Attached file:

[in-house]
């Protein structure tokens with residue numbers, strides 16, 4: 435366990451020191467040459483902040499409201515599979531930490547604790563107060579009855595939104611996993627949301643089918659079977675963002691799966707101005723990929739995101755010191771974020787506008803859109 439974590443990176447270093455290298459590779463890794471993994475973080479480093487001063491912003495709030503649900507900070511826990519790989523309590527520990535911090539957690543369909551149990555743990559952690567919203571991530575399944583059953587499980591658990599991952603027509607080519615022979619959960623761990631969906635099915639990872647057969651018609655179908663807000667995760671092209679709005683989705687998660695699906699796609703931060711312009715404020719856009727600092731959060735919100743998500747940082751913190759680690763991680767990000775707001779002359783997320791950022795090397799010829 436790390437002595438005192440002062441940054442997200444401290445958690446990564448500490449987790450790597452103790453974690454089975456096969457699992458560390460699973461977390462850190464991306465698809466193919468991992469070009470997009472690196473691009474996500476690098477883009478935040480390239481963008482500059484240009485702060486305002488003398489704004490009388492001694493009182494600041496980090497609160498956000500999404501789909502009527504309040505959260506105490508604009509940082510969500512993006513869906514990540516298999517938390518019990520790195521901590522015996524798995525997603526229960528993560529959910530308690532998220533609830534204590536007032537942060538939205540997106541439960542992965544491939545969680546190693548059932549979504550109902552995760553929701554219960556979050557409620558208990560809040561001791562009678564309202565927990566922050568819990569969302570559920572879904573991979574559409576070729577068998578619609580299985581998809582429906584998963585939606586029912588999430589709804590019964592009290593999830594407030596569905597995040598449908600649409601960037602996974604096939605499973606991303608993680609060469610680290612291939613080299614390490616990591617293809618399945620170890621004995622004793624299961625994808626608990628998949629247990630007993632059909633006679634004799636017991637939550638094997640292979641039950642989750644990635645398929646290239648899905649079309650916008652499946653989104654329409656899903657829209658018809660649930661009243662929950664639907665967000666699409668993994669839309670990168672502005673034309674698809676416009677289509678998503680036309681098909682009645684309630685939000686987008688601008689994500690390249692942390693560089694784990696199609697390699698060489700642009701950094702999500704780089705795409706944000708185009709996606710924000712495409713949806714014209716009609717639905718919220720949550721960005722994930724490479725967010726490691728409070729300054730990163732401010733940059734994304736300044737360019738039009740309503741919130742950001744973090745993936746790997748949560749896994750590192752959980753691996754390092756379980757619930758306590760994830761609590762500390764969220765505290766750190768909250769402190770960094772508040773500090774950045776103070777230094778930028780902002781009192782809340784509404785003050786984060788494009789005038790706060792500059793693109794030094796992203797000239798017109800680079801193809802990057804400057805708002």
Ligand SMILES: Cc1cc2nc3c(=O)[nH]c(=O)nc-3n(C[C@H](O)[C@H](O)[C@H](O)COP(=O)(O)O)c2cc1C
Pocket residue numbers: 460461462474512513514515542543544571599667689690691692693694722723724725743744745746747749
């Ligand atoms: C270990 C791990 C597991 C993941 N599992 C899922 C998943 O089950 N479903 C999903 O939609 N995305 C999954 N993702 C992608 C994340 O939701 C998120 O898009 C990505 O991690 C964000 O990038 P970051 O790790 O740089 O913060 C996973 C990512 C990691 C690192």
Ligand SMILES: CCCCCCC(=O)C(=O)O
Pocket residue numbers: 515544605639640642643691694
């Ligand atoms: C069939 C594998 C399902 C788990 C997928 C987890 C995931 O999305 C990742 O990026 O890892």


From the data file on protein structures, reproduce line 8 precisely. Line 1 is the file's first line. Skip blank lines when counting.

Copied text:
């Ligand atoms: C069939 C594998 C399902 C788990 C997928 C987890 C995931 O999305 C990742 O990026 O890892």